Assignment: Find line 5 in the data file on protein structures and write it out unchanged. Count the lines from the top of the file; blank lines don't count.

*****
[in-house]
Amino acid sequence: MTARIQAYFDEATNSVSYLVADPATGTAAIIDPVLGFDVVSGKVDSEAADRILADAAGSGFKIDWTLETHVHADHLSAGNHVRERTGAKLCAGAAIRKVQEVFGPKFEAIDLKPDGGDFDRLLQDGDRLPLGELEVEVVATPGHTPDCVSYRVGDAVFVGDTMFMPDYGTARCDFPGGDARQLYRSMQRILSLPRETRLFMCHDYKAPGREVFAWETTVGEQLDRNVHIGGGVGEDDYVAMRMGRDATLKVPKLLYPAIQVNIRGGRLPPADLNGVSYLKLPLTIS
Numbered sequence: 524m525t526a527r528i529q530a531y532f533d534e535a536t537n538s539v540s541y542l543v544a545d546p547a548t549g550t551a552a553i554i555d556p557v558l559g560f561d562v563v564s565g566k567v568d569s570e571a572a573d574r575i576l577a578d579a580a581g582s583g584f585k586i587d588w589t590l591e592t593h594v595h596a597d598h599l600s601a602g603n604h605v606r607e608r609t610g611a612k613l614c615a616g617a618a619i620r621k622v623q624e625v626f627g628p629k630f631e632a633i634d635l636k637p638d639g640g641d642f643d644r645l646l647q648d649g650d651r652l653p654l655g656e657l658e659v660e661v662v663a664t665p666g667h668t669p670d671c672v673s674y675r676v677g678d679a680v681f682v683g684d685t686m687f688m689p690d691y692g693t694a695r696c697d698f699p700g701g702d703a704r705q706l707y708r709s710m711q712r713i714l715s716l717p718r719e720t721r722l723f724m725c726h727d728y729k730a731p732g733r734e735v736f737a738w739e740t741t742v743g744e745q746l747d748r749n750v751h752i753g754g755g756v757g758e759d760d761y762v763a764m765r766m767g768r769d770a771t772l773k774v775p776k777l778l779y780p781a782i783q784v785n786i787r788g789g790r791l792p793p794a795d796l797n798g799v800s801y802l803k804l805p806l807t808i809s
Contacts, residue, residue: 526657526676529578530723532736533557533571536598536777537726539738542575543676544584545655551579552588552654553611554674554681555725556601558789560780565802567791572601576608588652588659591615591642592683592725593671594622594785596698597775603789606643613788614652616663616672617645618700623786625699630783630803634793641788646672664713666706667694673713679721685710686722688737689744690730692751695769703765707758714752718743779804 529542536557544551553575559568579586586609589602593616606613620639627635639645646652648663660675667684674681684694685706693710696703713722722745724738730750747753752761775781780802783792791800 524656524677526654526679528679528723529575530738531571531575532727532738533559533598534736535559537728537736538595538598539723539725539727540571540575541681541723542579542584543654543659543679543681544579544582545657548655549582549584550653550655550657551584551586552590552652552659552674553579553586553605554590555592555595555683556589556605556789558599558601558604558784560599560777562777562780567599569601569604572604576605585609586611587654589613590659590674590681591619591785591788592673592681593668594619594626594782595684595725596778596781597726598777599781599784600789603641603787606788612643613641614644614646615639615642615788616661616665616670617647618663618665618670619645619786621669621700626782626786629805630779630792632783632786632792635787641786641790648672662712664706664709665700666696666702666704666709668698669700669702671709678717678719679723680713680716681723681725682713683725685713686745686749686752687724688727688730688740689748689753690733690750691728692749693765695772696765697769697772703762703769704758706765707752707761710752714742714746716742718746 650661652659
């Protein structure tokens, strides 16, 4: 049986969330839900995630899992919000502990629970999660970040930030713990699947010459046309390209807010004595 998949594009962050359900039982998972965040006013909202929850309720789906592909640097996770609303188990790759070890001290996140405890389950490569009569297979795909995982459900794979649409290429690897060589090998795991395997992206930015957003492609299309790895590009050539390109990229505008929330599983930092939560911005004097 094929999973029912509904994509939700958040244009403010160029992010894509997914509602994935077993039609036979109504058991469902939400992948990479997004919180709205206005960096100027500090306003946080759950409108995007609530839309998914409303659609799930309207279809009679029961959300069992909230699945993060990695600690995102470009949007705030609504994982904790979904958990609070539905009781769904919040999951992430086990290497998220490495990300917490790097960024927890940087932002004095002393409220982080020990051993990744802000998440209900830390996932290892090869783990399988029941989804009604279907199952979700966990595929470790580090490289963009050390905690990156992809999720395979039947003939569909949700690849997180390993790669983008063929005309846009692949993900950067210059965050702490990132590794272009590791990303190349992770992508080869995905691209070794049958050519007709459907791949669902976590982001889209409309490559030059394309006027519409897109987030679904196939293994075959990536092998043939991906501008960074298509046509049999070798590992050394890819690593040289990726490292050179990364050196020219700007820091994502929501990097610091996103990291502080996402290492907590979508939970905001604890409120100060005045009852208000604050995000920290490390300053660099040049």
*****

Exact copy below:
């Protein structure tokens, strides 16, 4: 049986969330839900995630899992919000502990629970999660970040930030713990699947010459046309390209807010004595 998949594009962050359900039982998972965040006013909202929850309720789906592909640097996770609303188990790759070890001290996140405890389950490569009569297979795909995982459900794979649409290429690897060589090998795991395997992206930015957003492609299309790895590009050539390109990229505008929330599983930092939560911005004097 094929999973029912509904994509939700958040244009403010160029992010894509997914509602994935077993039609036979109504058991469902939400992948990479997004919180709205206005960096100027500090306003946080759950409108995007609530839309998914409303659609799930309207279809009679029961959300069992909230699945993060990695600690995102470009949007705030609504994982904790979904958990609070539905009781769904919040999951992430086990290497998220490495990300917490790097960024927890940087932002004095002393409220982080020990051993990744802000998440209900830390996932290892090869783990399988029941989804009604279907199952979700966990595929470790580090490289963009050390905690990156992809999720395979039947003939569909949700690849997180390993790669983008063929005309846009692949993900950067210059965050702490990132590794272009590791990303190349992770992508080869995905691209070794049958050519007709459907791949669902976590982001889209409309490559030059394309006027519409897109987030679904196939293994075959990536092998043939991906501008960074298509046509049999070798590992050394890819690593040289990726490292050179990364050196020219700007820091994502929501990097610091996103990291502080996402290492907590979508939970905001604890409120100060005045009852208000604050995000920290490390300053660099040049």